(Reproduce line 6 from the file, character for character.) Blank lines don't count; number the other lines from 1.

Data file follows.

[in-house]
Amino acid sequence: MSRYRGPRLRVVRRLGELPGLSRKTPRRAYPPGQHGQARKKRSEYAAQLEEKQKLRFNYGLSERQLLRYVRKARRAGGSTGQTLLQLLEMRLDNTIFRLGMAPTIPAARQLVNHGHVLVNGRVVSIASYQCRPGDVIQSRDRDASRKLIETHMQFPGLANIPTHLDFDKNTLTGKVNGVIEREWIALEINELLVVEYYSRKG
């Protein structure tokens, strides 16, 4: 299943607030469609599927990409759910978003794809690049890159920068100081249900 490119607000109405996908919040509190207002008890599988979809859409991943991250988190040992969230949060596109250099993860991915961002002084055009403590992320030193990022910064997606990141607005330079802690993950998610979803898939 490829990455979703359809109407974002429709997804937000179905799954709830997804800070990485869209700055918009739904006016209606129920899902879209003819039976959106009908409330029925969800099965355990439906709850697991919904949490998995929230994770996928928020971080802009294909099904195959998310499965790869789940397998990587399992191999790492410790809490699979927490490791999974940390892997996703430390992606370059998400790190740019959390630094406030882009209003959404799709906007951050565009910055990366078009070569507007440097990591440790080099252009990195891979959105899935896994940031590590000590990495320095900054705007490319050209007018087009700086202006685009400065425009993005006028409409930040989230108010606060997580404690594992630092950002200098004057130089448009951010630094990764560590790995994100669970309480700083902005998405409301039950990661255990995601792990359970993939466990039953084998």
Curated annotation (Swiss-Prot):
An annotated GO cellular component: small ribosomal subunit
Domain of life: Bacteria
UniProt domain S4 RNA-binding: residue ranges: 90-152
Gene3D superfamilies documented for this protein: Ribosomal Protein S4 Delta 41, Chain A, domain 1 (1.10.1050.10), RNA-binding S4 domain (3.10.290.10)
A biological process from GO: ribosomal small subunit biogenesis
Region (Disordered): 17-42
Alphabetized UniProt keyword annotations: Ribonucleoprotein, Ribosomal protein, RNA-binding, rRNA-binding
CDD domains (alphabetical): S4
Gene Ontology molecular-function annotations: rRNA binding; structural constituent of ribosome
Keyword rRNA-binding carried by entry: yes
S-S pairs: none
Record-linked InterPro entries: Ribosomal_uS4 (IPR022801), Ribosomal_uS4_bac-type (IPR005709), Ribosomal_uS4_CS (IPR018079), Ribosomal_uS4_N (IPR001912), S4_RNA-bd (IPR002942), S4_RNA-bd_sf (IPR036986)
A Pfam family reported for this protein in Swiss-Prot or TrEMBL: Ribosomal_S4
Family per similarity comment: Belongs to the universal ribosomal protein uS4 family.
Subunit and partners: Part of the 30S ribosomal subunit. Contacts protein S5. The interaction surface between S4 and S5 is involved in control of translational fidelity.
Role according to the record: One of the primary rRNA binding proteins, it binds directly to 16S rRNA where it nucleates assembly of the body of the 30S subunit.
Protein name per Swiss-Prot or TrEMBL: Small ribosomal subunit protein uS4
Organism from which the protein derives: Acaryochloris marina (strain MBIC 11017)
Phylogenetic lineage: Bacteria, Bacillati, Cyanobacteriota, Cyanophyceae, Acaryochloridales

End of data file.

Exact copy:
Domain of life: Bacteria